This week we began reading Lanier’s You are Not a Gadget.  The book focused on the role of technology in the our lifestyles and how  technology dehumanizes us.  Lanier states early on that he is not biased in his opinions about technology, but it quickly becomes apparent that he has a very negative attitude towards technology.  Right away, this raises the question of his credibility as a writer.  I find it hard to agree with Lanier when he doesn’t realize his own bias is getting in the way of his argument.  He goes on to provide extreme examples to support his anti-technology claims, which also detracts form his credibility.

One of Lanier’s opening arguments is that humans are losing their freedom and their humanity by using web sites such as Facebook or Twitter.  Because there is a particular format that “limits” how people express themselves on this asocial networking websites, Lanier claims they are losing their creativity and becoming machine-like.  I completely  disagree with this.  Just because there is a structure or format as to how we express our opinions doesn’t mean we are restricted from being ourselves and being free to express opinions.  By that logic, the laws that govern society also dehumanize because they restrict us from behaving how we truly want to.

Another argument that he makes is that someday humans will make machines too smart and they will end up taking over the world.  To me, that is a totally illegal belief.  Humans control what they want machines to be able to do.  There is no way humans will ever empower machines to become smart or independent enough to beat out humans as the dominant species.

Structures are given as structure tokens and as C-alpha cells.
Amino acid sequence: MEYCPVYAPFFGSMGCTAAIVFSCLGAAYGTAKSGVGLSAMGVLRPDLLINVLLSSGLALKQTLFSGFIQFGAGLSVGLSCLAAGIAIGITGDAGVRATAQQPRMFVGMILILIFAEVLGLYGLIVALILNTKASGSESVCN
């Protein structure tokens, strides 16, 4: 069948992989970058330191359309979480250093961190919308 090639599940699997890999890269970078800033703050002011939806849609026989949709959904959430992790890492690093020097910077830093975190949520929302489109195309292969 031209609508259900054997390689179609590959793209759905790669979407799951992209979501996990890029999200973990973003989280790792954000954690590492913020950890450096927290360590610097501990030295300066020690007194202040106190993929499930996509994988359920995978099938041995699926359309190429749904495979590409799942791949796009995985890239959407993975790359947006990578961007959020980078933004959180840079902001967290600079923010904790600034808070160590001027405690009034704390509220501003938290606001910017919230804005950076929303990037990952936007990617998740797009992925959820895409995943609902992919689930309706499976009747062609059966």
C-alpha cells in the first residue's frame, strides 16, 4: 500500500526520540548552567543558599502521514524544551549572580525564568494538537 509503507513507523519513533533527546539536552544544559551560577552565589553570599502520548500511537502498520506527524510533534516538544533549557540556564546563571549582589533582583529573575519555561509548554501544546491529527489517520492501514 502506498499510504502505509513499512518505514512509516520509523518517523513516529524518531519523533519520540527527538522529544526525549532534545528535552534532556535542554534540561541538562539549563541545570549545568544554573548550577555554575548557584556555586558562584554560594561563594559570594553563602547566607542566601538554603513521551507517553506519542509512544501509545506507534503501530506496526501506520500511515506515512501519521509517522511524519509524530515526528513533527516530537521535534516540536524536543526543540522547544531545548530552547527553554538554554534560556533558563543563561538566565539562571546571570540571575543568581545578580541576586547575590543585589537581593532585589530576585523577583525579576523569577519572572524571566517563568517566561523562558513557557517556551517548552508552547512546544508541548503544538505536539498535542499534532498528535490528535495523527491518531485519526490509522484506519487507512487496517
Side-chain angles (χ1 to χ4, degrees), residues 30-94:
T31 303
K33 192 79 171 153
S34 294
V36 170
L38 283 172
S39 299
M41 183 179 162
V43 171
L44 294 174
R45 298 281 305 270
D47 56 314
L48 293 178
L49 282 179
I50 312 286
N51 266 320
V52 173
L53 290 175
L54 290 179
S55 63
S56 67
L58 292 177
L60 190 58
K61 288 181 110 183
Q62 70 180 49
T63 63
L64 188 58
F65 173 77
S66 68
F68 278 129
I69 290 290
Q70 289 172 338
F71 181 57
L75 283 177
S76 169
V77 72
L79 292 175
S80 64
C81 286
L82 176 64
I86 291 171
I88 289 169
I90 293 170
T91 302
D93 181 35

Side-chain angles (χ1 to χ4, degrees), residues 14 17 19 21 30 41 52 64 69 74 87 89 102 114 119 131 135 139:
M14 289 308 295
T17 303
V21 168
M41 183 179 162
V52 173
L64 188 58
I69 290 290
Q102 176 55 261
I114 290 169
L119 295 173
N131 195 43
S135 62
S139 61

Although I vehemently disagree with a majority what Lanier has argued to this point in the book, I find his opinion interesting.  He definitely gives food for thought, but I don’t think there is much substance behind his argument.  It will be interesting to see how this book progresses and how my opinions either agree with or differ from Lanier’s.

Guerilla Girls

Recently, I read the about the Guerrilla Girls for class.  I learned who the guerrilla girls were and what they stood for, and how they used rhetoric to spread their message.

The Guerrilla Girls were a group of feminists who wore masks to protect their identity.  They called for the recognition of women artists, mainly because women were not given much attention in the past.  Because the Guerrilla Girls were active feminists in a time where women were not given equality, they had to wear masks to conceal their identities and be mindful of their critics.  They adopted the color pink as their official color because they realized that since pink was generally a more feminine color, their critics would be ready to use it against them.  By adopting pink as their color, it took away one of the insults or criticisms that people could use against them.

Women artists were unappreciated and unnoticed simply for the fact that they were women.  As a result, the Guerrilla Girls decided they needed to speak up.  They used provocative signs to draw attention and get people to think about how wrong it was that women artists were not represented in museums.  They used juxtaposing statements and images to draw attention.  Their signs appealed to people’s sense of logic, (Aristotle’s “logos”) as well as their ethics (“ethos”) to convince people that women artists were, in fact, talented and deserved to have their artwork displayed.  One of the most famous signs asks the question “Do women need to be naked it get into the Met. Museum?” while displaying a nude woman with a gorilla’s head.  This draws attention to how women are objectified by male artists as nude models and are treated as animals.  Meanwhile, their own artwork went by so unnoticed.  The Guerrilla Girls used rhetoric properly to get their audience to solve a problem, and it is a great example of a real world application of rhetoric.